What effect do colours have on ceiling designs?
Colours and the Fifth Wall
The favourite colour for a ceiling is without doubt white! But does it have to be white? Why not try to use colours in your next design? In this article, we give you some insights into what can be achieved with colourful ceilings, how colours can create different feelings and how they can make the perception of a space change.
When designing a new room, space or building, many factors have to be considered, from the vision of the client and architects and the functionality of the space to those who are using it and much more besides. Most important, in our opinion, is to consider the purpose of the space and how this can be enhanced to increase the wellbeing of the occupants. A crucial element in this is the, sometimes overlooked, fifth wall – the ceiling.
And here colours can play a vital role in the overall design. When discussing the use of colours as a design element in architecture, Le Corbusier, the Swiss-French architect and designer who pioneered modern architecture, said that it was as powerful as the ground plan or section of a building.
How to change the perception of the space with colours?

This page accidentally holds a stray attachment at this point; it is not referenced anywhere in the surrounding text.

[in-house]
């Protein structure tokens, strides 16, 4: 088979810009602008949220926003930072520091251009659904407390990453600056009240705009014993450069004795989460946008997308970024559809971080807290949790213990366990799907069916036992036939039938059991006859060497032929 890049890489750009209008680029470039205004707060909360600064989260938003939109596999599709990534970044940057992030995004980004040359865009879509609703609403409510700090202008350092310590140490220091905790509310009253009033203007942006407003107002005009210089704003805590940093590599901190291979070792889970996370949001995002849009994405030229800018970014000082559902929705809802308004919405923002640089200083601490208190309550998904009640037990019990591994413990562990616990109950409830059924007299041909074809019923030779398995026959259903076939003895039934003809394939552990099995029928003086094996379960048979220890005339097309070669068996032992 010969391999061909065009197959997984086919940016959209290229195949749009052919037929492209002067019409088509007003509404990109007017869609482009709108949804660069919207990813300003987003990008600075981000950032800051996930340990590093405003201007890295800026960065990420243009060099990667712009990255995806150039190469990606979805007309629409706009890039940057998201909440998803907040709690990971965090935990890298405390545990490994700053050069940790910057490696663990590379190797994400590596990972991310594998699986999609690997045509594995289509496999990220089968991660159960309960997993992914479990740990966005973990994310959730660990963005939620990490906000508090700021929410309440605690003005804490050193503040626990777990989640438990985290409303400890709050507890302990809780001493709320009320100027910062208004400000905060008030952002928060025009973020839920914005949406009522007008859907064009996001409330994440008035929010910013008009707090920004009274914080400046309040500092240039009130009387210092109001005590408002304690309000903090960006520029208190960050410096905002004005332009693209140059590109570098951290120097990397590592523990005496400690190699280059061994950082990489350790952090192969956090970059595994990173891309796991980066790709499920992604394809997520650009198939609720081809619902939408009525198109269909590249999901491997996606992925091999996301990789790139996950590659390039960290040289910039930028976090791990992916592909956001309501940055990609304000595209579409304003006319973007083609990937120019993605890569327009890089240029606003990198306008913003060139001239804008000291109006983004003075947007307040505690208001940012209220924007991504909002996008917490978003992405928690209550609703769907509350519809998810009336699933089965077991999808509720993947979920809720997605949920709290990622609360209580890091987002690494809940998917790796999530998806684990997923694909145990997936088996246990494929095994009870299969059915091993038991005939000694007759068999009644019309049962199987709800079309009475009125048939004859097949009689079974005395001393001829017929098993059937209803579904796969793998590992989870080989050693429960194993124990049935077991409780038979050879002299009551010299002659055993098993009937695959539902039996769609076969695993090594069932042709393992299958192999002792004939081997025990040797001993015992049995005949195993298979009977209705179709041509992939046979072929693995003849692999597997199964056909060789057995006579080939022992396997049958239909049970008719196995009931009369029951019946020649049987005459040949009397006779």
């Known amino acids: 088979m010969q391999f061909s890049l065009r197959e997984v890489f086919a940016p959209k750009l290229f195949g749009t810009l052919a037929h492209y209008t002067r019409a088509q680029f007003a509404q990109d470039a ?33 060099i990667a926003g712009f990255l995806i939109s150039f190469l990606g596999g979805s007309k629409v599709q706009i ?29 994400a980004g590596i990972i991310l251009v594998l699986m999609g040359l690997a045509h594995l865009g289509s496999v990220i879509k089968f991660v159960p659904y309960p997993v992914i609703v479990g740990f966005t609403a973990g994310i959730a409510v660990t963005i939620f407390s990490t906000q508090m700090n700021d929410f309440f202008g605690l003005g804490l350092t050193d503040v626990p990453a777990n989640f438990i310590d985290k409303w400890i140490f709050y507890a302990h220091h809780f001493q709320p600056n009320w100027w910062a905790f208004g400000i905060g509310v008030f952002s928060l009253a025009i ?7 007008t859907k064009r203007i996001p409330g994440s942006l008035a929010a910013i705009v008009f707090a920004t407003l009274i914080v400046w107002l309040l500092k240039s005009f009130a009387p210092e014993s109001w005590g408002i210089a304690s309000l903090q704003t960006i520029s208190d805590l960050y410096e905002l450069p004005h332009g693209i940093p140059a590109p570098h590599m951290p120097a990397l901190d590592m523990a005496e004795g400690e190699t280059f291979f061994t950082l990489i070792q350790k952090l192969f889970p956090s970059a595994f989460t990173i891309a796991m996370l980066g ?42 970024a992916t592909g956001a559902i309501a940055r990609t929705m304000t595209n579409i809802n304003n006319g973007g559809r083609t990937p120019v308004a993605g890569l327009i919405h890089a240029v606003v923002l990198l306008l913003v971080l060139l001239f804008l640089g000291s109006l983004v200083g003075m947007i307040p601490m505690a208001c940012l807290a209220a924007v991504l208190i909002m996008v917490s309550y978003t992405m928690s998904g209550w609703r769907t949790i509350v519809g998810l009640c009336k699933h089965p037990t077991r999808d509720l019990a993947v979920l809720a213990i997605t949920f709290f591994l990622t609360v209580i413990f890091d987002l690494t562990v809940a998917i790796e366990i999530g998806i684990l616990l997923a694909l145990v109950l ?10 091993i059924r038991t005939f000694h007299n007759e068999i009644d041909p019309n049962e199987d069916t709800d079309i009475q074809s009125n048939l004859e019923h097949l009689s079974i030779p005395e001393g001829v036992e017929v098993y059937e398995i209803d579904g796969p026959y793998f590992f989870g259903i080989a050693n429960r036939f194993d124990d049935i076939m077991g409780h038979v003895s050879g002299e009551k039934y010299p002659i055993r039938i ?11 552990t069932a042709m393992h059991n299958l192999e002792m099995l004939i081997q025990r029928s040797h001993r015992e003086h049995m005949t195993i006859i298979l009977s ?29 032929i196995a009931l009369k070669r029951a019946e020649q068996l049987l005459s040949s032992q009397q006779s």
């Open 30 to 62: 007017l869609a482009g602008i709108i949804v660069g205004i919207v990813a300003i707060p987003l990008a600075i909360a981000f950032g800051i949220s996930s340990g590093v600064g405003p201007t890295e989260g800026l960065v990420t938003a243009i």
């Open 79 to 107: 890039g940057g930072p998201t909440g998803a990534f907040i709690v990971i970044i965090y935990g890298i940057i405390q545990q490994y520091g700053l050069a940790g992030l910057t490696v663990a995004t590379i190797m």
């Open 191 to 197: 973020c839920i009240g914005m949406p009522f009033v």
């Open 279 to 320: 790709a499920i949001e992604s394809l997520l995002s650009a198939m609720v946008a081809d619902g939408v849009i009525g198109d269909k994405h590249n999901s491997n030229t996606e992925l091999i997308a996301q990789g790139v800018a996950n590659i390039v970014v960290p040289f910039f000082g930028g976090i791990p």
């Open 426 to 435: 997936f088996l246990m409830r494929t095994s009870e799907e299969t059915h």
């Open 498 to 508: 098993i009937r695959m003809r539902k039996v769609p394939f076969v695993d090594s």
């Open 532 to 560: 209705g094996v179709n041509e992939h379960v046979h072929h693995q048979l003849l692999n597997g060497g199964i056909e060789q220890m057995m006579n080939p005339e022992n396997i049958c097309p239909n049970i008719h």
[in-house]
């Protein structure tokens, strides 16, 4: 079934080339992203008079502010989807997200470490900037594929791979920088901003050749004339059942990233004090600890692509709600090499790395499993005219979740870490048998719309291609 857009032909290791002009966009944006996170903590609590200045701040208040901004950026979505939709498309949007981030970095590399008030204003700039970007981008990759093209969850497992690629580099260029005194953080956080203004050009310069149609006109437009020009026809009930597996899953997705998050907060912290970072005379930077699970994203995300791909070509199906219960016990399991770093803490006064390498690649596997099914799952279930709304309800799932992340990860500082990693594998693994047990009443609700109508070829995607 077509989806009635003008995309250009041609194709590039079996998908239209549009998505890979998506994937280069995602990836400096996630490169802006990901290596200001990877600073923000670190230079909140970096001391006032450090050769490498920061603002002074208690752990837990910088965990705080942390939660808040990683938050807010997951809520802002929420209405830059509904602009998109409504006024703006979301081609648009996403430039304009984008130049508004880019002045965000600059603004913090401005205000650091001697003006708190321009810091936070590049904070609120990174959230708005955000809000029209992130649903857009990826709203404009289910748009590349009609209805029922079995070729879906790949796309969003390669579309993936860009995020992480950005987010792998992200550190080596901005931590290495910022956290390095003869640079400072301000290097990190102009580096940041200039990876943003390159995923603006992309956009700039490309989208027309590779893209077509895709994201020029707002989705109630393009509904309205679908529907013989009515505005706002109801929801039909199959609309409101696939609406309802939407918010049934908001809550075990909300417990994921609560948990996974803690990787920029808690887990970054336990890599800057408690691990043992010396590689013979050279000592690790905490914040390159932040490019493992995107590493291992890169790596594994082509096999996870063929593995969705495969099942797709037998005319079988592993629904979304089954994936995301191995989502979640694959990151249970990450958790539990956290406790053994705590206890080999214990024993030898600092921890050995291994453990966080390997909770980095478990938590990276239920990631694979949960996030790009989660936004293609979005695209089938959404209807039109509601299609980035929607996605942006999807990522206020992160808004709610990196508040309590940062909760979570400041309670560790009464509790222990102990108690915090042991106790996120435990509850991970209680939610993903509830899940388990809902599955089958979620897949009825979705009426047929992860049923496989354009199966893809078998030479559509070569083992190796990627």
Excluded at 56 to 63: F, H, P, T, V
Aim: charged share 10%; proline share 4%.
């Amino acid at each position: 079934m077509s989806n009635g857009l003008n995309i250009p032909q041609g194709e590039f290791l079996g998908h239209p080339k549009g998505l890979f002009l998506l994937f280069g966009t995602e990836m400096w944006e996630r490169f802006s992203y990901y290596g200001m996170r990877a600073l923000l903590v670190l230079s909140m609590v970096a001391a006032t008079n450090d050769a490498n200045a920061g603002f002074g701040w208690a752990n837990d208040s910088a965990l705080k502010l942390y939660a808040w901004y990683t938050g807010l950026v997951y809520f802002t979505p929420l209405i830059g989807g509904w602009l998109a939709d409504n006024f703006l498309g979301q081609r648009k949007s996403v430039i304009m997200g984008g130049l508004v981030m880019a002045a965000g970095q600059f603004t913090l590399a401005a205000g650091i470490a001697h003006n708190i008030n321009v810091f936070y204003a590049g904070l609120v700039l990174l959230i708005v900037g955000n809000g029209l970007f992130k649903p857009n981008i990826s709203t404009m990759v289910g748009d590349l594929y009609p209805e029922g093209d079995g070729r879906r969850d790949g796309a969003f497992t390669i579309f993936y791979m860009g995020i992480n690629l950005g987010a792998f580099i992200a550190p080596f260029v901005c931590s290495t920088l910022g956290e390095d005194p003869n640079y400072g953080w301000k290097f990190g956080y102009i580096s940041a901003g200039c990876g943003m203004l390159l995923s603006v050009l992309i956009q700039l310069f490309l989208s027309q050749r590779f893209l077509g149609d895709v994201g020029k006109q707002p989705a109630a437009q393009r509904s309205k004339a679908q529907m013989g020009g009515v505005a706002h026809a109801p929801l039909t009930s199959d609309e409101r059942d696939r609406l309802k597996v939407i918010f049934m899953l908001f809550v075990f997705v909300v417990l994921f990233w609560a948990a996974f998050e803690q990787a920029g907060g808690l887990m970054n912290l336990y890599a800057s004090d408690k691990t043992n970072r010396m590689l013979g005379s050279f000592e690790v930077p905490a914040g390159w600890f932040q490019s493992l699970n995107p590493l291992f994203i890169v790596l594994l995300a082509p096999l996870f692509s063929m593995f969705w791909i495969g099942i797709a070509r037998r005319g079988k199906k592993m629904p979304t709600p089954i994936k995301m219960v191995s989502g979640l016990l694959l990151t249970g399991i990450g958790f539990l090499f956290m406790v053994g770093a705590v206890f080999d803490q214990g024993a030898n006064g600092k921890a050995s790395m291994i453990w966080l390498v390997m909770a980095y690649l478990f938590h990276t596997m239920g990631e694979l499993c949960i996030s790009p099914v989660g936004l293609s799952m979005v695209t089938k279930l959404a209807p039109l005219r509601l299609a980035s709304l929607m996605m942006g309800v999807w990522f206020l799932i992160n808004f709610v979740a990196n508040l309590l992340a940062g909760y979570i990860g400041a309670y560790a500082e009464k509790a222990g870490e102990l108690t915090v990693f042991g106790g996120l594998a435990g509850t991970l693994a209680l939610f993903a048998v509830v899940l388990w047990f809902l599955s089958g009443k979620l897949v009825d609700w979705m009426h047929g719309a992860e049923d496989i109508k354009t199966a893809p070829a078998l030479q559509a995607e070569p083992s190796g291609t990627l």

Colours can be used to change the perception of a room and space. It makes it seem bigger or smaller, wider or narrower, and it can put emphasis on different parts to create the right atmosphere. Here we have illustrated how working with colours on different surfaces can be useful for your design:
- If you want to create a feeling of a larger space the best approach is to use light colours reflecting daylight. This will make the room seem more spacious and open
- If you want to create a more compact space, for example to increase cosiness, it can be beneficial to look towards darker and stronger colours and use them on all elements. This will give the feeling of enclosure.
- If you want to play with the height of the room you can try to use stronger ceiling colours. In some designs this can create a more pleasant and inviting feeling by giving the perception of lower ceiling height.
- If you are looking to make the space seem less squeezed you can use brighter colours or white and complement this with coloured walls. This will create the feeling of a less claustrophobic space and make the ceiling seem higher.
- For hallways you might want them to seem wider. To do this, you can make the ceiling and the end wall a darker colour than the side walls. This is a commonly used technique for designers who want to change the perception of a narrow space.
- You can make a room feel shorter by using darker colours on the back wall and brighter colours on the ceiling and remaining walls.
- And finally, you can put the focus on a wall by keeping it in brighter colours and keeping elsewhere darker to create a contrast.
So now that you know how you can play with the perception of a space, let’s have a look at how different colours can create different effects and atmospheres.